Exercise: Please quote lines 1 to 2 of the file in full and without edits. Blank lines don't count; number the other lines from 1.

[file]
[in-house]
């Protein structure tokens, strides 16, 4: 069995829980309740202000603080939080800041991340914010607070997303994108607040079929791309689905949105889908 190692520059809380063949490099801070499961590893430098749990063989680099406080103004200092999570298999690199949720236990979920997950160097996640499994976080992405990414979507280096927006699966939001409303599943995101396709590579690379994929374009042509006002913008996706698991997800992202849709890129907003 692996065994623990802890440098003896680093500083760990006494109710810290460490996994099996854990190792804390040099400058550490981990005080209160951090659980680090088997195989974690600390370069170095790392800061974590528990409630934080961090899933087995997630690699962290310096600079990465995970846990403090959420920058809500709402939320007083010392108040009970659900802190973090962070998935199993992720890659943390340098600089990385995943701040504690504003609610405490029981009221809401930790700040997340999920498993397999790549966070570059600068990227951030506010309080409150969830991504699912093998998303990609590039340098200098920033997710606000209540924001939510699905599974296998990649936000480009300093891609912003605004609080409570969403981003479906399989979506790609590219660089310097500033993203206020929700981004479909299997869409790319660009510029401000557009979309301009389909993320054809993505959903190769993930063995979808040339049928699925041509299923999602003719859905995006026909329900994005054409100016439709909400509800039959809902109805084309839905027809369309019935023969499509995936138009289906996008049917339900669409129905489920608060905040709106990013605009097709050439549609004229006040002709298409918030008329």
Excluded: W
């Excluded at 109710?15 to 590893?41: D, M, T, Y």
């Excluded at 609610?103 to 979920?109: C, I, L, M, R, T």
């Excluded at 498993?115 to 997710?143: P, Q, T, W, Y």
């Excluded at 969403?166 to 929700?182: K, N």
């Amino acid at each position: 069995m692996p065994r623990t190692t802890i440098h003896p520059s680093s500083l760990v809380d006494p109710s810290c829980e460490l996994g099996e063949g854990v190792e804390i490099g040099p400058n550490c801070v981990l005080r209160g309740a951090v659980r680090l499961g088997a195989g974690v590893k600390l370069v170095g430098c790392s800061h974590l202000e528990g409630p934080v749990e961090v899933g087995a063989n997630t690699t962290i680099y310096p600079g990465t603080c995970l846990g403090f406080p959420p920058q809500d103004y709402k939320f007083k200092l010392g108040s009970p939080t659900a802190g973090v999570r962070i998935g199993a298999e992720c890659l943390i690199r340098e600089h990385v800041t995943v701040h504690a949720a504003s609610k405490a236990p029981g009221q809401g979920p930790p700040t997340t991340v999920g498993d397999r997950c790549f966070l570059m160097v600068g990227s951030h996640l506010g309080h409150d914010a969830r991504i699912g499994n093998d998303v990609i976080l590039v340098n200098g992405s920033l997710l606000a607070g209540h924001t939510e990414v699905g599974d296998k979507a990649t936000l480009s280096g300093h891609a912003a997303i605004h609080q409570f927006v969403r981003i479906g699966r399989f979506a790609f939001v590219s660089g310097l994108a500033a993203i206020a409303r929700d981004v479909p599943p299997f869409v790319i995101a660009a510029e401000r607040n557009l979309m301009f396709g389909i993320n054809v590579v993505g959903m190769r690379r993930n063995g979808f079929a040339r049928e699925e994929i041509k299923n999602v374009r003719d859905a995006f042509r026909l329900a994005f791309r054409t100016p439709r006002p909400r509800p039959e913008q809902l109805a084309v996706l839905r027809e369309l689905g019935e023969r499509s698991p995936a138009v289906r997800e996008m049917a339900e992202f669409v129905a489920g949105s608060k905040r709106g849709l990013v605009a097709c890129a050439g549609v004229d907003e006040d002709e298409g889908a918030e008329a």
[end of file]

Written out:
[in-house]
């Protein structure tokens, strides 16, 4: 069995829980309740202000603080939080800041991340914010607070997303994108607040079929791309689905949105889908 190692520059809380063949490099801070499961590893430098749990063989680099406080103004200092999570298999690199949720236990979920997950160097996640499994976080992405990414979507280096927006699966939001409303599943995101396709590579690379994929374009042509006002913008996706698991997800992202849709890129907003 692996065994623990802890440098003896680093500083760990006494109710810290460490996994099996854990190792804390040099400058550490981990005080209160951090659980680090088997195989974690600390370069170095790392800061974590528990409630934080961090899933087995997630690699962290310096600079990465995970846990403090959420920058809500709402939320007083010392108040009970659900802190973090962070998935199993992720890659943390340098600089990385995943701040504690504003609610405490029981009221809401930790700040997340999920498993397999790549966070570059600068990227951030506010309080409150969830991504699912093998998303990609590039340098200098920033997710606000209540924001939510699905599974296998990649936000480009300093891609912003605004609080409570969403981003479906399989979506790609590219660089310097500033993203206020929700981004479909299997869409790319660009510029401000557009979309301009389909993320054809993505959903190769993930063995979808040339049928699925041509299923999602003719859905995006026909329900994005054409100016439709909400509800039959809902109805084309839905027809369309019935023969499509995936138009289906996008049917339900669409129905489920608060905040709106990013605009097709050439549609004229006040002709298409918030008329």